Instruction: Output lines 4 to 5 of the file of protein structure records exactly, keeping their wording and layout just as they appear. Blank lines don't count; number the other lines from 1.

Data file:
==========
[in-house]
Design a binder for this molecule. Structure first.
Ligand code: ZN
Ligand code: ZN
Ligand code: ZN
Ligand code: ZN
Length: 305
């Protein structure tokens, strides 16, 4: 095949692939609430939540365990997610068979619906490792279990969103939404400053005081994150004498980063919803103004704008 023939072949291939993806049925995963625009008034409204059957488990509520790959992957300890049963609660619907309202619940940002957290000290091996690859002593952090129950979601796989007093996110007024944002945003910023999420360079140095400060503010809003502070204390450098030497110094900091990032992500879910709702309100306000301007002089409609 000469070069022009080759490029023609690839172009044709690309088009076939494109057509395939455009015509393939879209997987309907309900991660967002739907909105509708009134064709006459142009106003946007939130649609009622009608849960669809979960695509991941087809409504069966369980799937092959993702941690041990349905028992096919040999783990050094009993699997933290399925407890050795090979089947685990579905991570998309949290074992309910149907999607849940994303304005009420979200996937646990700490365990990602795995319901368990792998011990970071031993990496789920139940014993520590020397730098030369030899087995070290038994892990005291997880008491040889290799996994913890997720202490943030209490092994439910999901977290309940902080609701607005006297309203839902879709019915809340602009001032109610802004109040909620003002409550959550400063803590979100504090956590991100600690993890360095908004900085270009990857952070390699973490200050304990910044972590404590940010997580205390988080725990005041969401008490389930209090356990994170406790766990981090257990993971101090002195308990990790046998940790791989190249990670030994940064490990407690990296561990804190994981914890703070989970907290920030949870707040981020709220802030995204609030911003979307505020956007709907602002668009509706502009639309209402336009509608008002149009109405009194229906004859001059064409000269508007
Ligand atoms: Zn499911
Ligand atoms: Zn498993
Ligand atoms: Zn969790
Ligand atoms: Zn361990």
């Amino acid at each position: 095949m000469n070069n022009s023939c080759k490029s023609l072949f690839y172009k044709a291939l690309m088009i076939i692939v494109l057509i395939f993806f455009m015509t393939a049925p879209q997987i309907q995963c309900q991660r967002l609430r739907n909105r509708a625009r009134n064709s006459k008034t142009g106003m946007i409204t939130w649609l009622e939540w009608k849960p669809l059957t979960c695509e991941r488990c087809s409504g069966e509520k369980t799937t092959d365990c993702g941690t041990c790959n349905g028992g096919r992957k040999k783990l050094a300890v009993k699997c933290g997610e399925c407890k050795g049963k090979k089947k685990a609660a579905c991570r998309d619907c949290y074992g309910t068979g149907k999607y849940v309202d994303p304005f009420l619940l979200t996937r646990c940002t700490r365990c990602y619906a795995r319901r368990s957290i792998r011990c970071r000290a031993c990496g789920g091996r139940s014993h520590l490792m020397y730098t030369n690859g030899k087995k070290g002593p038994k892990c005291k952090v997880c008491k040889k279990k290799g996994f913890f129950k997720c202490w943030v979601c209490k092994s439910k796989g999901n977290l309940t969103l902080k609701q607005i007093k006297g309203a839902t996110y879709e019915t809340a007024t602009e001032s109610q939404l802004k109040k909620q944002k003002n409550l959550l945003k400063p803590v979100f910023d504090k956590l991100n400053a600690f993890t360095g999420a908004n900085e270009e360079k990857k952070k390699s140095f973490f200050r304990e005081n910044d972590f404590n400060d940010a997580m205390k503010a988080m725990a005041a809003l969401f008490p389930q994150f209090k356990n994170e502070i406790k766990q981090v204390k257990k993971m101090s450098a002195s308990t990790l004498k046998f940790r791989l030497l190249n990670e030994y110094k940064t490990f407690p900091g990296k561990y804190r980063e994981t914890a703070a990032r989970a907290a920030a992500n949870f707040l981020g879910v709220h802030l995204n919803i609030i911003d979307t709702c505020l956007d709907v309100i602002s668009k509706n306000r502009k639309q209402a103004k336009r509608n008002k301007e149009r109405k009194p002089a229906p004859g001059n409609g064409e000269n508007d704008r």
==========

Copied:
Ligand code: ZN
Ligand code: ZN